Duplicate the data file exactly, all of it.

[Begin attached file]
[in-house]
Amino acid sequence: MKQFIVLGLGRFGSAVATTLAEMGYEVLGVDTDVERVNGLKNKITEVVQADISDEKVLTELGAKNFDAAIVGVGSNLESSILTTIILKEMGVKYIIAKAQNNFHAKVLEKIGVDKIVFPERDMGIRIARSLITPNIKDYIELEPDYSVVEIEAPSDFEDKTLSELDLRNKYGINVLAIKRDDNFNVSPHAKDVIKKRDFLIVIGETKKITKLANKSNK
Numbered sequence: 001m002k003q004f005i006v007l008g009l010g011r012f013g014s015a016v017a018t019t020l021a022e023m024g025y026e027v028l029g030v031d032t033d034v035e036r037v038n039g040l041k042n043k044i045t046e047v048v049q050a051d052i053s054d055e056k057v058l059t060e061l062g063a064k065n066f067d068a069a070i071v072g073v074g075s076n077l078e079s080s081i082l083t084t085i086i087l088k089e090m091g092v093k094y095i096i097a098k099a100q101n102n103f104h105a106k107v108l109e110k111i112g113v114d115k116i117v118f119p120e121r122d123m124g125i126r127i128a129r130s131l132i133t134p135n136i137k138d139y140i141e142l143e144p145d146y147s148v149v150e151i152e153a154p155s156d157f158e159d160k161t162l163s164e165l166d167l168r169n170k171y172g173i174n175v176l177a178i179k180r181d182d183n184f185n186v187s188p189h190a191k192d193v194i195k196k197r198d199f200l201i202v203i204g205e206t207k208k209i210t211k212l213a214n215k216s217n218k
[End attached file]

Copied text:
[in-house]
Amino acid sequence: MKQFIVLGLGRFGSAVATTLAEMGYEVLGVDTDVERVNGLKNKITEVVQADISDEKVLTELGAKNFDAAIVGVGSNLESSILTTIILKEMGVKYIIAKAQNNFHAKVLEKIGVDKIVFPERDMGIRIARSLITPNIKDYIELEPDYSVVEIEAPSDFEDKTLSELDLRNKYGINVLAIKRDDNFNVSPHAKDVIKKRDFLIVIGETKKITKLANKSNK
Numbered sequence: 001m002k003q004f005i006v007l008g009l010g011r012f013g014s015a016v017a018t019t020l021a022e023m024g025y026e027v028l029g030v031d032t033d034v035e036r037v038n039g040l041k042n043k044i045t046e047v048v049q050a051d052i053s054d055e056k057v058l059t060e061l062g063a064k065n066f067d068a069a070i071v072g073v074g075s076n077l078e079s080s081i082l083t084t085i086i087l088k089e090m091g092v093k094y095i096i097a098k099a100q101n102n103f104h105a106k107v108l109e110k111i112g113v114d115k116i117v118f119p120e121r122d123m124g125i126r127i128a129r130s131l132i133t134p135n136i137k138d139y140i141e142l143e144p145d146y147s148v149v150e151i152e153a154p155s156d157f158e159d160k161t162l163s164e165l166d167l168r169n170k171y172g173i174n175v176l177a178i179k180r181d182d183n184f185n186v187s188p189h190a191k192d193v194i195k196k197r198d199f200l201i202v203i204g205e206t207k208k209i210t211k212l213a214n215k216s217n218k